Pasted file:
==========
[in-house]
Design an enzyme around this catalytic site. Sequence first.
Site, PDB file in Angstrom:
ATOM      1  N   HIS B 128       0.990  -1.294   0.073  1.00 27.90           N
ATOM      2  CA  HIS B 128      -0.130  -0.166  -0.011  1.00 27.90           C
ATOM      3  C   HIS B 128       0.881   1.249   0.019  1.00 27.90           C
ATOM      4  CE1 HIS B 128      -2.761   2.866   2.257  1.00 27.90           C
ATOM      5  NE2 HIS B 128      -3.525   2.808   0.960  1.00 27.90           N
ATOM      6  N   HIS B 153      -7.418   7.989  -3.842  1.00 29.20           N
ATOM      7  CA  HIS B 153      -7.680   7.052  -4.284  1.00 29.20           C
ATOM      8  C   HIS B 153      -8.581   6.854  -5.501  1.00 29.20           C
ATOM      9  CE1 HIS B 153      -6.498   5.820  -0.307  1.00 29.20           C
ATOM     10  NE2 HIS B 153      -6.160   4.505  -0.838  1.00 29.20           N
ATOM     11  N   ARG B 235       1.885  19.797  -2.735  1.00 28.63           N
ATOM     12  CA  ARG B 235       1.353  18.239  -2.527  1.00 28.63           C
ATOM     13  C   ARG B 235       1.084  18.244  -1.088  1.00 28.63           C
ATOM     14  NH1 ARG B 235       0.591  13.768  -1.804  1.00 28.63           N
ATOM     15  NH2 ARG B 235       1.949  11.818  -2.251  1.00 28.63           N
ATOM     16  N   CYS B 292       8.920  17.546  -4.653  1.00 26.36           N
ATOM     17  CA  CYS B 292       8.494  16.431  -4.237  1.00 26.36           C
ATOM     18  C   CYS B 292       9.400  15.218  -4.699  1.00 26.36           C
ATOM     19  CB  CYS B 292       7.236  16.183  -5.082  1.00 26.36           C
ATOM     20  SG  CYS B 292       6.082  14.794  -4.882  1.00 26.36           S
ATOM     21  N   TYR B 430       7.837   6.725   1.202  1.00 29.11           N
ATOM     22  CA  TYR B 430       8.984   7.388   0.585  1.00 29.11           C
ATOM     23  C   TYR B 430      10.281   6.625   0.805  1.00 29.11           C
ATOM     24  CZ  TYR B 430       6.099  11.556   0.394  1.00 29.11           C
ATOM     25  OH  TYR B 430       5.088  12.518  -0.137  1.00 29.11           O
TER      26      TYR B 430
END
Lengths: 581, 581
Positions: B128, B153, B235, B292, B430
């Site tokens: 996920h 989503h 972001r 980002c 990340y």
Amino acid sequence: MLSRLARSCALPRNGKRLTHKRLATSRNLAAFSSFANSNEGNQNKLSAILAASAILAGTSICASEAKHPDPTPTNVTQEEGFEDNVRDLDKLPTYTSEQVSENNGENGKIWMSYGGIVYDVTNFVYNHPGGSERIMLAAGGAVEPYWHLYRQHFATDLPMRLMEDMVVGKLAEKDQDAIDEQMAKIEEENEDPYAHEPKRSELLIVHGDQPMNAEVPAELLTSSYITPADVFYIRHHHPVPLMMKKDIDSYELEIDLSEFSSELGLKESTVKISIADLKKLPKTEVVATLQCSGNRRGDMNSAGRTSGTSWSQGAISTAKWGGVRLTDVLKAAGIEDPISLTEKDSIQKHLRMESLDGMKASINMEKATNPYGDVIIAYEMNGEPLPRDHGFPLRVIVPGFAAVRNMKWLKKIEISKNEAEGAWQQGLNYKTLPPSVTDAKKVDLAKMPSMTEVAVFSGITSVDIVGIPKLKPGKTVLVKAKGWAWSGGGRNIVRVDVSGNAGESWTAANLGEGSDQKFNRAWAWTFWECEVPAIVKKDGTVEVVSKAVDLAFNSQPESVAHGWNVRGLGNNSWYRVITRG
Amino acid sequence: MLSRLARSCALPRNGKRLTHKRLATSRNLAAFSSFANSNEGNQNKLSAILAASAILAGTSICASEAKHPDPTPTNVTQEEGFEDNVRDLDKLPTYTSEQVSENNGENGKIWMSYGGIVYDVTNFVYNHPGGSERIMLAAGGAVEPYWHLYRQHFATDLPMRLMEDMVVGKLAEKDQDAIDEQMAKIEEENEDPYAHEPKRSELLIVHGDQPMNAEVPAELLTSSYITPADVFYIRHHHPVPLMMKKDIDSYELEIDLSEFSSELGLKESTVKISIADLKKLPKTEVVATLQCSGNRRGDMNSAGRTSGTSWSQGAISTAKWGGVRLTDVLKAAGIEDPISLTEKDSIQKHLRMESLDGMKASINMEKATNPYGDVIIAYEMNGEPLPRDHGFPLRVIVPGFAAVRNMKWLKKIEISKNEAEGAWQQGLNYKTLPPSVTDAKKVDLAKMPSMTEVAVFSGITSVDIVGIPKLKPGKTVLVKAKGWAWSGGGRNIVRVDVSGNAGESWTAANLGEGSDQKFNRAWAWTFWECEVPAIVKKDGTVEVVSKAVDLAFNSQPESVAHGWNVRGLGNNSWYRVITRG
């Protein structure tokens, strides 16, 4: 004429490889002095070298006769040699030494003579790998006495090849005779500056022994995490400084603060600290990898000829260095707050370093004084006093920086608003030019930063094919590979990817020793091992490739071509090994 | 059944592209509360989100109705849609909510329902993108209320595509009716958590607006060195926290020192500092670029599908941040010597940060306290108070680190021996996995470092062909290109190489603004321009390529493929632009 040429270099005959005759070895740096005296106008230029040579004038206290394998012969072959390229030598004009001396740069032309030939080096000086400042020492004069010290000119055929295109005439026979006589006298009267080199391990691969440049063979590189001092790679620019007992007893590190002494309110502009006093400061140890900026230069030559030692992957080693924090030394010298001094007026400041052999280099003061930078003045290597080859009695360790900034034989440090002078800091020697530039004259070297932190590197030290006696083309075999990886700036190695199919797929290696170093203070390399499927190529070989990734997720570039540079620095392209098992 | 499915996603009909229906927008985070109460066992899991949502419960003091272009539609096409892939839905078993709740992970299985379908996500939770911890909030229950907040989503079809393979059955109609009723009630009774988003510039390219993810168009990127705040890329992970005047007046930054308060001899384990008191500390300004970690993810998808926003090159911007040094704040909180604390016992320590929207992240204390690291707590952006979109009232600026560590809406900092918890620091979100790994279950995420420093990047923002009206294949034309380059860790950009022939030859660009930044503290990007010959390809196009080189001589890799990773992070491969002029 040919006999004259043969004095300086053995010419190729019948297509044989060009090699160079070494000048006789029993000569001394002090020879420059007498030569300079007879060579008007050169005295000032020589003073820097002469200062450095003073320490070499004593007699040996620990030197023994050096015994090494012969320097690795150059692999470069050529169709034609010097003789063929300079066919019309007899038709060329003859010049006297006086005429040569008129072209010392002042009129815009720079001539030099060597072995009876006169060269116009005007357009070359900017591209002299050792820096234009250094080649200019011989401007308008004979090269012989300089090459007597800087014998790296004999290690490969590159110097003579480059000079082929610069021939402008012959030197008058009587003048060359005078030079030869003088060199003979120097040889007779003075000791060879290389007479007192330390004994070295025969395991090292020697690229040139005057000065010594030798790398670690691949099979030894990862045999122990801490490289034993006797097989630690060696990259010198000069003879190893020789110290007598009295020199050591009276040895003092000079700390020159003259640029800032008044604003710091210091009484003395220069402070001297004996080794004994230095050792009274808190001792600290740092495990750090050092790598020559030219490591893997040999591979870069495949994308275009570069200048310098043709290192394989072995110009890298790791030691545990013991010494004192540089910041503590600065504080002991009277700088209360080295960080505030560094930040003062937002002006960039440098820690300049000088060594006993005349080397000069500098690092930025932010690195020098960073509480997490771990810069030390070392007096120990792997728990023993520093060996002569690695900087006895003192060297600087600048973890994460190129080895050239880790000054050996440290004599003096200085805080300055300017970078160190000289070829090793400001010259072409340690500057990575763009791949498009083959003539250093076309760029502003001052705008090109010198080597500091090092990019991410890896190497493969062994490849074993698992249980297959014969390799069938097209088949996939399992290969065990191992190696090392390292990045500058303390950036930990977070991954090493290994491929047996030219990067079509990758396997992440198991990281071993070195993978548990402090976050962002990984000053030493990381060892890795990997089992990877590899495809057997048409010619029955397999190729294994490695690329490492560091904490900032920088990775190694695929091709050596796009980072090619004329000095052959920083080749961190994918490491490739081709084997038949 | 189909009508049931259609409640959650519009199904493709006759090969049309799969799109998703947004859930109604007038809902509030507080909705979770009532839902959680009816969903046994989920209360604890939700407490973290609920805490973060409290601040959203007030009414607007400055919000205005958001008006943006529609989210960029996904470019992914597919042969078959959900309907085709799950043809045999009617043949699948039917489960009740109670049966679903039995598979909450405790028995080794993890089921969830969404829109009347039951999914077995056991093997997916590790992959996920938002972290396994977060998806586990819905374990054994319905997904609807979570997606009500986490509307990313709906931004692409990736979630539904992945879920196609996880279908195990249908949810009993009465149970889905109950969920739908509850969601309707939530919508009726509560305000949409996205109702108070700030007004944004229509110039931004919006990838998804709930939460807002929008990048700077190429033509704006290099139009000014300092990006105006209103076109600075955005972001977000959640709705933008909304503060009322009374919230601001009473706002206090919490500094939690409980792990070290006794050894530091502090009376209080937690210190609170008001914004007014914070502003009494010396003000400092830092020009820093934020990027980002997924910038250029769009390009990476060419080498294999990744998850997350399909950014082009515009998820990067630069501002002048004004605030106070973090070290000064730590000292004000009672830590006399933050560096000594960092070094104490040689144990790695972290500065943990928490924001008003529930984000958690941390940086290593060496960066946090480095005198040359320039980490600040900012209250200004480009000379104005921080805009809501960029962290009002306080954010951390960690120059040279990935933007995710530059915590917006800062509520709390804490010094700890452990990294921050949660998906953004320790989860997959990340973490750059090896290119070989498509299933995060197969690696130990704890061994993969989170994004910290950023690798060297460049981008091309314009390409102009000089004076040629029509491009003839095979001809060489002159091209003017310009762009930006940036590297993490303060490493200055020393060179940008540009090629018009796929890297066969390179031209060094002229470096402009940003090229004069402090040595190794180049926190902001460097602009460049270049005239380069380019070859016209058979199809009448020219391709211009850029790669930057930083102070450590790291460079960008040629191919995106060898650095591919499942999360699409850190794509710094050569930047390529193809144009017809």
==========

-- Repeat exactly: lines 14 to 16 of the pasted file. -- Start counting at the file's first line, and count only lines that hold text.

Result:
ATOM     11  N   ARG B 235       1.885  19.797  -2.735  1.00 28.63           N
ATOM     12  CA  ARG B 235       1.353  18.239  -2.527  1.00 28.63           C
ATOM     13  C   ARG B 235       1.084  18.244  -1.088  1.00 28.63           C